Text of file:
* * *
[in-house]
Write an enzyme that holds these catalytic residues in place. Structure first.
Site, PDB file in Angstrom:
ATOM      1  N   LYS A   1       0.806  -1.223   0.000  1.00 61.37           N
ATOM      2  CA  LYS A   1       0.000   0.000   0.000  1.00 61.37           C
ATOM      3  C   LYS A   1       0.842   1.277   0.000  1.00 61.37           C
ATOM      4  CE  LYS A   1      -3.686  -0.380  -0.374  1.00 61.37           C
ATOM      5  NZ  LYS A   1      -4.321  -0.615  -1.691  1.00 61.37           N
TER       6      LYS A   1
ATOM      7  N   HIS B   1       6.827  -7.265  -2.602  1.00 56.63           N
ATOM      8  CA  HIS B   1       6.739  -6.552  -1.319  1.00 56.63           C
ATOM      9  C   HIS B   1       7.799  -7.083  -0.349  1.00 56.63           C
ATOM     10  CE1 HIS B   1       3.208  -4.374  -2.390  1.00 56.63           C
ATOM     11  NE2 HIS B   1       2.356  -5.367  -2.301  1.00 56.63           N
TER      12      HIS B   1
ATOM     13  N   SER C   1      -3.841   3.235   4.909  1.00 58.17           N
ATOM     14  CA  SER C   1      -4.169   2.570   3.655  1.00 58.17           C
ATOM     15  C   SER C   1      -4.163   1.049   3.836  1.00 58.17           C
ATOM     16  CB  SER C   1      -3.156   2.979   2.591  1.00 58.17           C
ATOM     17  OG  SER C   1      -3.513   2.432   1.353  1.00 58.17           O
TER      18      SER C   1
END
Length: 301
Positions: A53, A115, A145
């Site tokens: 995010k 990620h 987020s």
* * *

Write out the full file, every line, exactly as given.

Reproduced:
[in-house]
Write an enzyme that holds these catalytic residues in place. Structure first.
Site, PDB file in Angstrom:
ATOM      1  N   LYS A   1       0.806  -1.223   0.000  1.00 61.37           N
ATOM      2  CA  LYS A   1       0.000   0.000   0.000  1.00 61.37           C
ATOM      3  C   LYS A   1       0.842   1.277   0.000  1.00 61.37           C
ATOM      4  CE  LYS A   1      -3.686  -0.380  -0.374  1.00 61.37           C
ATOM      5  NZ  LYS A   1      -4.321  -0.615  -1.691  1.00 61.37           N
TER       6      LYS A   1
ATOM      7  N   HIS B   1       6.827  -7.265  -2.602  1.00 56.63           N
ATOM      8  CA  HIS B   1       6.739  -6.552  -1.319  1.00 56.63           C
ATOM      9  C   HIS B   1       7.799  -7.083  -0.349  1.00 56.63           C
ATOM     10  CE1 HIS B   1       3.208  -4.374  -2.390  1.00 56.63           C
ATOM     11  NE2 HIS B   1       2.356  -5.367  -2.301  1.00 56.63           N
TER      12      HIS B   1
ATOM     13  N   SER C   1      -3.841   3.235   4.909  1.00 58.17           N
ATOM     14  CA  SER C   1      -4.169   2.570   3.655  1.00 58.17           C
ATOM     15  C   SER C   1      -4.163   1.049   3.836  1.00 58.17           C
ATOM     16  CB  SER C   1      -3.156   2.979   2.591  1.00 58.17           C
ATOM     17  OG  SER C   1      -3.513   2.432   1.353  1.00 58.17           O
TER      18      SER C   1
END
Length: 301
Positions: A53, A115, A145
């Site tokens: 995010k 990620h 987020s």